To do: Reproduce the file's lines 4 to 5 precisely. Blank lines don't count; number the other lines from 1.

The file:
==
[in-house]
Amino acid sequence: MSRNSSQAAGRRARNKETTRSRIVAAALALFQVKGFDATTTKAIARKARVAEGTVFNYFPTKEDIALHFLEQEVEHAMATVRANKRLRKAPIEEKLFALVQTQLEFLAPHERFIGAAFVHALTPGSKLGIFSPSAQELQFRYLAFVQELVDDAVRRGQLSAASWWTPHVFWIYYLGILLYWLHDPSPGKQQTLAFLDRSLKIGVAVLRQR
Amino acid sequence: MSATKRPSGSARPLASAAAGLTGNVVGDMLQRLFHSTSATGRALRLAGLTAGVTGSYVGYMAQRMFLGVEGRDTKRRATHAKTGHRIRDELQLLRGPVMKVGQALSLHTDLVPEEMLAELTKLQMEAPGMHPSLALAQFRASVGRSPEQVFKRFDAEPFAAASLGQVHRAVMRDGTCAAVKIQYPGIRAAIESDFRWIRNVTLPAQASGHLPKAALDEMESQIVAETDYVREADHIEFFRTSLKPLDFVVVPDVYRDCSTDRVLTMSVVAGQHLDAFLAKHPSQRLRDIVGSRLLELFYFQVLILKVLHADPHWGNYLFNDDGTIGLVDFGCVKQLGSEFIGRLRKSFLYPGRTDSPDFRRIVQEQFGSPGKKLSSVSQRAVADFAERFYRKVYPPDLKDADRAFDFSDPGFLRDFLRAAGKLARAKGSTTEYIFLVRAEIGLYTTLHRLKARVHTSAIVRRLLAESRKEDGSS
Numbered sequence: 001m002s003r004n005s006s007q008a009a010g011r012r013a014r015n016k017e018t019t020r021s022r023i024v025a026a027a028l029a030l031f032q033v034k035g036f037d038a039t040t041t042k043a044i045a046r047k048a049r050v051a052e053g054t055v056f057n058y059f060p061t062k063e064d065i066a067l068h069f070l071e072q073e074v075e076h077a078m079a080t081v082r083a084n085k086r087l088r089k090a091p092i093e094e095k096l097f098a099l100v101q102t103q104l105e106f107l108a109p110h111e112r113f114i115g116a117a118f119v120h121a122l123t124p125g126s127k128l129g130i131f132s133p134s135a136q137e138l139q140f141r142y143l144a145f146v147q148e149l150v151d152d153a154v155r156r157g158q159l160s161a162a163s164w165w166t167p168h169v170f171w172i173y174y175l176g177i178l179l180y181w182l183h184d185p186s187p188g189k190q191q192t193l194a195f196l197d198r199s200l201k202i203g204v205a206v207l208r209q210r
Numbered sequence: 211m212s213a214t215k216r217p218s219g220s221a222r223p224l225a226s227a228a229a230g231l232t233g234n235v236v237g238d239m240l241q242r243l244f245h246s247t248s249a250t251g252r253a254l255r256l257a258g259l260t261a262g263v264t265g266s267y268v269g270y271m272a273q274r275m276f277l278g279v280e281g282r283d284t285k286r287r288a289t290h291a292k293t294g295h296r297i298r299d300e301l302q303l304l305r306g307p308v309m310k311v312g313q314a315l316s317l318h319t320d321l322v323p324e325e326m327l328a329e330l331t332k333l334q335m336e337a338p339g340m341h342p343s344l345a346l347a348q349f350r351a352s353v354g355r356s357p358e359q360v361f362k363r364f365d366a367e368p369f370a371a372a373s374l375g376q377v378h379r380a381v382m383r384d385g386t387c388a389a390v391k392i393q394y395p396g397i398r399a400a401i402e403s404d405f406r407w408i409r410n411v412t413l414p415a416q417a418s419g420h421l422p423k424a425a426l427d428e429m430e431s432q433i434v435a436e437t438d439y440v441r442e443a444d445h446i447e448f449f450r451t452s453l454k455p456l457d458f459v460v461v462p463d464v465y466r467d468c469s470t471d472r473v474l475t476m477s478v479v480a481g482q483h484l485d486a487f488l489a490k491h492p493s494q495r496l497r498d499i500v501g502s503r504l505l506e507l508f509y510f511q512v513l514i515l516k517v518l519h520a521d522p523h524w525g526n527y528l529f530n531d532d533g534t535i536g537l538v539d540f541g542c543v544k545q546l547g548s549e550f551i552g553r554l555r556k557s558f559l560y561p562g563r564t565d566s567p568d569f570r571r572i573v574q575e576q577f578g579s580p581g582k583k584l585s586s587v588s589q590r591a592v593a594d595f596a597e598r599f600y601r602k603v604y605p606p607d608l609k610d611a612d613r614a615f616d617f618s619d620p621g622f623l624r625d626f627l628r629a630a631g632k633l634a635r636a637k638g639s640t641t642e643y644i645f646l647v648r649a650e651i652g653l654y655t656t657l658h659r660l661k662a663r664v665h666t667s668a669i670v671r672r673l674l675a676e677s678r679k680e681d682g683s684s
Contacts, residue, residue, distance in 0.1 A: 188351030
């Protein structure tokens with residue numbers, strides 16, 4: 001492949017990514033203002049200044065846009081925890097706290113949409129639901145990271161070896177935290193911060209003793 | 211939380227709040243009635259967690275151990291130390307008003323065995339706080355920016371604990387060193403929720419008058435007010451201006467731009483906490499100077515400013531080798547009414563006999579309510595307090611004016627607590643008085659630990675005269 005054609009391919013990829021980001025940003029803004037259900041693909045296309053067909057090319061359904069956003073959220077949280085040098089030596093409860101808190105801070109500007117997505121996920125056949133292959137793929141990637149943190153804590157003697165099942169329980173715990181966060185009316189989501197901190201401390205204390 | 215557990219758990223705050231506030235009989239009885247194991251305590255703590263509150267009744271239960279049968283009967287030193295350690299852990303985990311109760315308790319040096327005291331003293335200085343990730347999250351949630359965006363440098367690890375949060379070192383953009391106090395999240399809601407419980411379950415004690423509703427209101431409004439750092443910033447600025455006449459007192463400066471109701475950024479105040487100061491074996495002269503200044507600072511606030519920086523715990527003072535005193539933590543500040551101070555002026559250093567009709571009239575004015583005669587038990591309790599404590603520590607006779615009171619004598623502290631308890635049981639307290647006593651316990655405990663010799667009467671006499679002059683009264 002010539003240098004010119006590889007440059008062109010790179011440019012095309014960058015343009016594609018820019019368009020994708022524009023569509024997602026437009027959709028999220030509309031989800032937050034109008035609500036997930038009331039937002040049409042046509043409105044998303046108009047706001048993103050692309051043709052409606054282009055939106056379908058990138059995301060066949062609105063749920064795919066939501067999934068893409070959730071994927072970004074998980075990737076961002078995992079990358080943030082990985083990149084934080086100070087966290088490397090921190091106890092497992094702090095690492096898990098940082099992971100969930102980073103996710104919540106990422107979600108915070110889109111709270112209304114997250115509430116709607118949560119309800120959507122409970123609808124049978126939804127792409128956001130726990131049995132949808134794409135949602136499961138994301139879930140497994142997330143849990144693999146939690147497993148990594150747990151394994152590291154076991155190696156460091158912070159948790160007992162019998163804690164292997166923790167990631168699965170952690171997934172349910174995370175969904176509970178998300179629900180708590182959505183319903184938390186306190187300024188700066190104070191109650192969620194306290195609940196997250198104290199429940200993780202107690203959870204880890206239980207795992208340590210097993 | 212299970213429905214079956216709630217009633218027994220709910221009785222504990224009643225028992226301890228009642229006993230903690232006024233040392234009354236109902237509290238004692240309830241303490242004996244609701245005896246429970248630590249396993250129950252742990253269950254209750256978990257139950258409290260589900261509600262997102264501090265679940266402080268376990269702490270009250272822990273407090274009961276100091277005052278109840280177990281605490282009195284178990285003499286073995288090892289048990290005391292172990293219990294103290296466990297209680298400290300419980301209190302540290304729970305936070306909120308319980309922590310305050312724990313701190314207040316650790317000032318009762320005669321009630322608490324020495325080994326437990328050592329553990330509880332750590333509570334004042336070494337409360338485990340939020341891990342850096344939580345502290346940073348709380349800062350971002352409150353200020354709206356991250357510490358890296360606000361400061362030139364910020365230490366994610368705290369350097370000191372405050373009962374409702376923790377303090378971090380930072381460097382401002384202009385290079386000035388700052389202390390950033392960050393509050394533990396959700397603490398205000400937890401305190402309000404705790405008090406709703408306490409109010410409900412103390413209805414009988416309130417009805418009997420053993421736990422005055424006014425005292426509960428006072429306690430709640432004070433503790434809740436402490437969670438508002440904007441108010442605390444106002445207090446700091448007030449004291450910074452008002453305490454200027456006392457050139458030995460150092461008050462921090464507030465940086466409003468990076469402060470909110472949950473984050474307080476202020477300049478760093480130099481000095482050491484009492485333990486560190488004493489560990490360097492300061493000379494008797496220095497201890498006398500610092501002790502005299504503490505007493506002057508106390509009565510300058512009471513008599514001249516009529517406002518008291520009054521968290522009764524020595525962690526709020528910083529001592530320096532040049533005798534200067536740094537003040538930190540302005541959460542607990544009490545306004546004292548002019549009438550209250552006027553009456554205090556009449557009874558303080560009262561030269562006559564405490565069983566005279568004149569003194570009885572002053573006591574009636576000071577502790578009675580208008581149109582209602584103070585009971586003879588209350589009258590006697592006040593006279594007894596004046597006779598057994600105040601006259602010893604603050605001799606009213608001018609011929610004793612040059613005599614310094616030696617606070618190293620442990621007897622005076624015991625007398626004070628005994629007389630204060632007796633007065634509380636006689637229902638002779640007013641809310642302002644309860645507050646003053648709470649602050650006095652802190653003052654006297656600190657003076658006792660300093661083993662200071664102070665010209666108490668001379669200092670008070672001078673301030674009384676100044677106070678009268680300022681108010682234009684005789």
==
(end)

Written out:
Numbered sequence: 001m002s003r004n005s006s007q008a009a010g011r012r013a014r015n016k017e018t019t020r021s022r023i024v025a026a027a028l029a030l031f032q033v034k035g036f037d038a039t040t041t042k043a044i045a046r047k048a049r050v051a052e053g054t055v056f057n058y059f060p061t062k063e064d065i066a067l068h069f070l071e072q073e074v075e076h077a078m079a080t081v082r083a084n085k086r087l088r089k090a091p092i093e094e095k096l097f098a099l100v101q102t103q104l105e106f107l108a109p110h111e112r113f114i115g116a117a118f119v120h121a122l123t124p125g126s127k128l129g130i131f132s133p134s135a136q137e138l139q140f141r142y143l144a145f146v147q148e149l150v151d152d153a154v155r156r157g158q159l160s161a162a163s164w165w166t167p168h169v170f171w172i173y174y175l176g177i178l179l180y181w182l183h184d185p186s187p188g189k190q191q192t193l194a195f196l197d198r199s200l201k202i203g204v205a206v207l208r209q210r
Numbered sequence: 211m212s213a214t215k216r217p218s219g220s221a222r223p224l225a226s227a228a229a230g231l232t233g234n235v236v237g238d239m240l241q242r243l244f245h246s247t248s249a250t251g252r253a254l255r256l257a258g259l260t261a262g263v264t265g266s267y268v269g270y271m272a273q274r275m276f277l278g279v280e281g282r283d284t285k286r287r288a289t290h291a292k293t294g295h296r297i298r299d300e301l302q303l304l305r306g307p308v309m310k311v312g313q314a315l316s317l318h319t320d321l322v323p324e325e326m327l328a329e330l331t332k333l334q335m336e337a338p339g340m341h342p343s344l345a346l347a348q349f350r351a352s353v354g355r356s357p358e359q360v361f362k363r364f365d366a367e368p369f370a371a372a373s374l375g376q377v378h379r380a381v382m383r384d385g386t387c388a389a390v391k392i393q394y395p396g397i398r399a400a401i402e403s404d405f406r407w408i409r410n411v412t413l414p415a416q417a418s419g420h421l422p423k424a425a426l427d428e429m430e431s432q433i434v435a436e437t438d439y440v441r442e443a444d445h446i447e448f449f450r451t452s453l454k455p456l457d458f459v460v461v462p463d464v465y466r467d468c469s470t471d472r473v474l475t476m477s478v479v480a481g482q483h484l485d486a487f488l489a490k491h492p493s494q495r496l497r498d499i500v501g502s503r504l505l506e507l508f509y510f511q512v513l514i515l516k517v518l519h520a521d522p523h524w525g526n527y528l529f530n531d532d533g534t535i536g537l538v539d540f541g542c543v544k545q546l547g548s549e550f551i552g553r554l555r556k557s558f559l560y561p562g563r564t565d566s567p568d569f570r571r572i573v574q575e576q577f578g579s580p581g582k583k584l585s586s587v588s589q590r591a592v593a594d595f596a597e598r599f600y601r602k603v604y605p606p607d608l609k610d611a612d613r614a615f616d617f618s619d620p621g622f623l624r625d626f627l628r629a630a631g632k633l634a635r636a637k638g639s640t641t642e643y644i645f646l647v648r649a650e651i652g653l654y655t656t657l658h659r660l661k662a663r664v665h666t667s668a669i670v671r672r673l674l675a676e677s678r679k680e681d682g683s684s